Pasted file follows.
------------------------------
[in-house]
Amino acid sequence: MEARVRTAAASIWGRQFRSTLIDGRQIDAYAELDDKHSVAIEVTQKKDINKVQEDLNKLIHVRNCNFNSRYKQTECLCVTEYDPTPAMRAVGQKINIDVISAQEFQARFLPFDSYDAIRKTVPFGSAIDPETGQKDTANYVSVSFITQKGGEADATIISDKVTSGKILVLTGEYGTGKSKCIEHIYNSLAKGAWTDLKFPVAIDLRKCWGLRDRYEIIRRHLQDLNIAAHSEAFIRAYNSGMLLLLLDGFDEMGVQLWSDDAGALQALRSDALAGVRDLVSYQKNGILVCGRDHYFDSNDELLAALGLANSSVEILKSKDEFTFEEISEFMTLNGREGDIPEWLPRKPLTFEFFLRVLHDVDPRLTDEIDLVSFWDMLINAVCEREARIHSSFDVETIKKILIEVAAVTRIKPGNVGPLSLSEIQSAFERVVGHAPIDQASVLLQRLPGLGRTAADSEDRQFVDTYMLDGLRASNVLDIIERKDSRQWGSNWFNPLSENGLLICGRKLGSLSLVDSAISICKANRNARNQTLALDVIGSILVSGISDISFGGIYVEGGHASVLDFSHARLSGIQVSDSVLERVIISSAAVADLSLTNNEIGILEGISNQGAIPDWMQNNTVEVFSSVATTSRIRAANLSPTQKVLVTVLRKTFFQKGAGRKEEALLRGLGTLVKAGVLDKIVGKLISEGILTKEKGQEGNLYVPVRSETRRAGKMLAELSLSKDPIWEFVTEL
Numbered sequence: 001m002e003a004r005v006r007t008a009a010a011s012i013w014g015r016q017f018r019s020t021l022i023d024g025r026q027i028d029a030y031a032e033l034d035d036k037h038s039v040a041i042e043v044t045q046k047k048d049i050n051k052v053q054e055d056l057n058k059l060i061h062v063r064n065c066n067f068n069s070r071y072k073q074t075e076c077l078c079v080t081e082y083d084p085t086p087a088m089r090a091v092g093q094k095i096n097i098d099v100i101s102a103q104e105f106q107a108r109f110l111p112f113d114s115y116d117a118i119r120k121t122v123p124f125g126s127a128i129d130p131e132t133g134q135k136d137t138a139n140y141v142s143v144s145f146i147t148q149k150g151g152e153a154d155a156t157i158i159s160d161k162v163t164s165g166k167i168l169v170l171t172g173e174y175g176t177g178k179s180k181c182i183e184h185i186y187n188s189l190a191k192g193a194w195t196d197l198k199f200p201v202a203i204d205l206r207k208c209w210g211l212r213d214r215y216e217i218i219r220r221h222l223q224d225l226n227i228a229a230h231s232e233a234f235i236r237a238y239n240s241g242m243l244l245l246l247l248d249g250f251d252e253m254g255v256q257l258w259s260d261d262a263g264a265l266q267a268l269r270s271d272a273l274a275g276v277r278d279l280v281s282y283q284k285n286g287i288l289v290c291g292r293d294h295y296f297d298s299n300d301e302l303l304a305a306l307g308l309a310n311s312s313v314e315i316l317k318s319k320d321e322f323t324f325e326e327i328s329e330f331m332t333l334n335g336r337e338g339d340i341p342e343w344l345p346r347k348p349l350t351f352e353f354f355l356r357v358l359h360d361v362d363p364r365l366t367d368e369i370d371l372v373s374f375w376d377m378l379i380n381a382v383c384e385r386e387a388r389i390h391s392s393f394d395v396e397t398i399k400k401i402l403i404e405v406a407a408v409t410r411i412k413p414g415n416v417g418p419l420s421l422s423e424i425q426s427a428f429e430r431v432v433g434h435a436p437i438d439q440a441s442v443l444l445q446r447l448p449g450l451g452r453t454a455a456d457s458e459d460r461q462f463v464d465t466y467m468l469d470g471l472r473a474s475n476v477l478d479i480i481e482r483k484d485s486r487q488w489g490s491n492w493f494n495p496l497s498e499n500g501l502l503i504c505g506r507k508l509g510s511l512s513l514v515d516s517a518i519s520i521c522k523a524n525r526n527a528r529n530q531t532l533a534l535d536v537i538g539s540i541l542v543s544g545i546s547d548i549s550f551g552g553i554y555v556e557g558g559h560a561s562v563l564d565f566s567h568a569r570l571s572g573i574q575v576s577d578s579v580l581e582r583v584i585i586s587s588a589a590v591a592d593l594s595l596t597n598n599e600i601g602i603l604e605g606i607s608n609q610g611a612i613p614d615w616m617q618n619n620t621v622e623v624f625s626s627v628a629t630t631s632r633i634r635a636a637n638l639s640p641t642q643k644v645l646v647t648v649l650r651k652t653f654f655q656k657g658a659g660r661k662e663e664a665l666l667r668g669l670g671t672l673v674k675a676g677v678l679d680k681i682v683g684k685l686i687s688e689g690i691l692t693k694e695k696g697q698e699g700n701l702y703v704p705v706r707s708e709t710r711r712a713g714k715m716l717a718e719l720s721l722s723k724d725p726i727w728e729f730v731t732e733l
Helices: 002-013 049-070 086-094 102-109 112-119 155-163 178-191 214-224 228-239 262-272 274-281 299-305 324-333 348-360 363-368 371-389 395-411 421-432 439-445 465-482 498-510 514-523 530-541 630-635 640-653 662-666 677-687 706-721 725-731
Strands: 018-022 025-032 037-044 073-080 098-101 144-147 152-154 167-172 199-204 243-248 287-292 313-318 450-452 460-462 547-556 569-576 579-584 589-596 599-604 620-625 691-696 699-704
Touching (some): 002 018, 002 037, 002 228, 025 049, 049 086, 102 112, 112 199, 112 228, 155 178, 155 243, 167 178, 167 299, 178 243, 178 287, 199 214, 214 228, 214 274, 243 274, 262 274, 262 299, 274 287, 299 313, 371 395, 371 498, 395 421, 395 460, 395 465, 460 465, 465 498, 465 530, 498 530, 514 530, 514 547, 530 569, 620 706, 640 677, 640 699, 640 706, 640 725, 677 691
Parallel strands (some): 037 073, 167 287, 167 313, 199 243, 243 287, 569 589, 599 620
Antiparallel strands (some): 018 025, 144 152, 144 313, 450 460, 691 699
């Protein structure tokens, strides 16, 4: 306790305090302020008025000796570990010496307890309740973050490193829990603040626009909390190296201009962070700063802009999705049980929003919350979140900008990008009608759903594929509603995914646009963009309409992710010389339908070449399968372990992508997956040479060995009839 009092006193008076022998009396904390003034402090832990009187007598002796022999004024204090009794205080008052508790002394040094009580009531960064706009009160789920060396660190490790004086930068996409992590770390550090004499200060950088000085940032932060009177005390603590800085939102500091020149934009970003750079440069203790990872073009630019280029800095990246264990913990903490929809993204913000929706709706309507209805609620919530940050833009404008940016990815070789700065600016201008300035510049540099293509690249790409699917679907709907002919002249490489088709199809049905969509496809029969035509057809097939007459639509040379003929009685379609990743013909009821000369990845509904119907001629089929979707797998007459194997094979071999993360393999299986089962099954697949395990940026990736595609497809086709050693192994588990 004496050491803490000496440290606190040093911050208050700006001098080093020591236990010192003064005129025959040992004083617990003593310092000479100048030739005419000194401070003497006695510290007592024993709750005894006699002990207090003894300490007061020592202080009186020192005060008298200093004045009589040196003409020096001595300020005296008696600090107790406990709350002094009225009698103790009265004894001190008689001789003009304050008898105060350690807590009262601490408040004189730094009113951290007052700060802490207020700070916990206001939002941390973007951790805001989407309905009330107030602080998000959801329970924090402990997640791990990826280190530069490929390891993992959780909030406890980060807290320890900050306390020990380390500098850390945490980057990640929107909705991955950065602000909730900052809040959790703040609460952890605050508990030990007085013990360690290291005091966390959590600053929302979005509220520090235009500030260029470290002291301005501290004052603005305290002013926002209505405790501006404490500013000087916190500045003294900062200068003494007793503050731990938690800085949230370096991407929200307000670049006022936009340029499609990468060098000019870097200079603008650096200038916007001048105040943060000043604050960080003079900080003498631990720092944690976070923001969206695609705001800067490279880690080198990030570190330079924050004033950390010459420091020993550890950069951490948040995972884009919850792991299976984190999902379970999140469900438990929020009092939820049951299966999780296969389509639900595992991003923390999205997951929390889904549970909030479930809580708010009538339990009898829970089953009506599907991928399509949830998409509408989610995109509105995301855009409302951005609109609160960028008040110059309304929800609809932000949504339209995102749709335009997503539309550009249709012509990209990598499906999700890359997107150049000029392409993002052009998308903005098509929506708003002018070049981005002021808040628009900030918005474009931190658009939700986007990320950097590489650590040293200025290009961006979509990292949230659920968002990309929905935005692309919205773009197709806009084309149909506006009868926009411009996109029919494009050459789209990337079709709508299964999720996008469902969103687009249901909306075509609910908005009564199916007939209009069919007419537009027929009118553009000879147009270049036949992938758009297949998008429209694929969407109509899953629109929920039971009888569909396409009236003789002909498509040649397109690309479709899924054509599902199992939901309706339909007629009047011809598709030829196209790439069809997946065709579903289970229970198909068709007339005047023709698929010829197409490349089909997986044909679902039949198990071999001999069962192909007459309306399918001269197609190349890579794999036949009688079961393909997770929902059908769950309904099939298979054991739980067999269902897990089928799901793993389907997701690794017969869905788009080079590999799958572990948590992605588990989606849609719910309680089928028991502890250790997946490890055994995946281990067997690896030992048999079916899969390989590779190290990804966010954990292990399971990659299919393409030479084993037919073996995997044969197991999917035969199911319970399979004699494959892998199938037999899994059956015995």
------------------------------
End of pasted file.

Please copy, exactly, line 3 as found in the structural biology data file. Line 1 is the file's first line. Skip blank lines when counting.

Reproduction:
Numbered sequence: 001m002e003a004r005v006r007t008a009a010a011s012i013w014g015r016q017f018r019s020t021l022i023d024g025r026q027i028d029a030y031a032e033l034d035d036k037h038s039v040a041i042e043v044t045q046k047k048d049i050n051k052v053q054e055d056l057n058k059l060i061h062v063r064n065c066n067f068n069s070r071y072k073q074t075e076c077l078c079v080t081e082y083d084p085t086p087a088m089r090a091v092g093q094k095i096n097i098d099v100i101s102a103q104e105f106q107a108r109f110l111p112f113d114s115y116d117a118i119r120k121t122v123p124f125g126s127a128i129d130p131e132t133g134q135k136d137t138a139n140y141v142s143v144s145f146i147t148q149k150g151g152e153a154d155a156t157i158i159s160d161k162v163t164s165g166k167i168l169v170l171t172g173e174y175g176t177g178k179s180k181c182i183e184h185i186y187n188s189l190a191k192g193a194w195t196d197l198k199f200p201v202a203i204d205l206r207k208c209w210g211l212r213d214r215y216e217i218i219r220r221h222l223q224d225l226n227i228a229a230h231s232e233a234f235i236r237a238y239n240s241g242m243l244l245l246l247l248d249g250f251d252e253m254g255v256q257l258w259s260d261d262a263g264a265l266q267a268l269r270s271d272a273l274a275g276v277r278d279l280v281s282y283q284k285n286g287i288l289v290c291g292r293d294h295y296f297d298s299n300d301e302l303l304a305a306l307g308l309a310n311s312s313v314e315i316l317k318s319k320d321e322f323t324f325e326e327i328s329e330f331m332t333l334n335g336r337e338g339d340i341p342e343w344l345p346r347k348p349l350t351f352e353f354f355l356r357v358l359h360d361v362d363p364r365l366t367d368e369i370d371l372v373s374f375w376d377m378l379i380n381a382v383c384e385r386e387a388r389i390h391s392s393f394d395v396e397t398i399k400k401i402l403i404e405v406a407a408v409t410r411i412k413p414g415n416v417g418p419l420s421l422s423e424i425q426s427a428f429e430r431v432v433g434h435a436p437i438d439q440a441s442v443l444l445q446r447l448p449g450l451g452r453t454a455a456d457s458e459d460r461q462f463v464d465t466y467m468l469d470g471l472r473a474s475n476v477l478d479i480i481e482r483k484d485s486r487q488w489g490s491n492w493f494n495p496l497s498e499n500g501l502l503i504c505g506r507k508l509g510s511l512s513l514v515d516s517a518i519s520i521c522k523a524n525r526n527a528r529n530q531t532l533a534l535d536v537i538g539s540i541l542v543s544g545i546s547d548i549s550f551g552g553i554y555v556e557g558g559h560a561s562v563l564d565f566s567h568a569r570l571s572g573i574q575v576s577d578s579v580l581e582r583v584i585i586s587s588a589a590v591a592d593l594s595l596t597n598n599e600i601g602i603l604e605g606i607s608n609q610g611a612i613p614d615w616m617q618n619n620t621v622e623v624f625s626s627v628a629t630t631s632r633i634r635a636a637n638l639s640p641t642q643k644v645l646v647t648v649l650r651k652t653f654f655q656k657g658a659g660r661k662e663e664a665l666l667r668g669l670g671t672l673v674k675a676g677v678l679d680k681i682v683g684k685l686i687s688e689g690i691l692t693k694e695k696g697q698e699g700n701l702y703v704p705v706r707s708e709t710r711r712a713g714k715m716l717a718e719l720s721l722s723k724d725p726i727w728e729f730v731t732e733l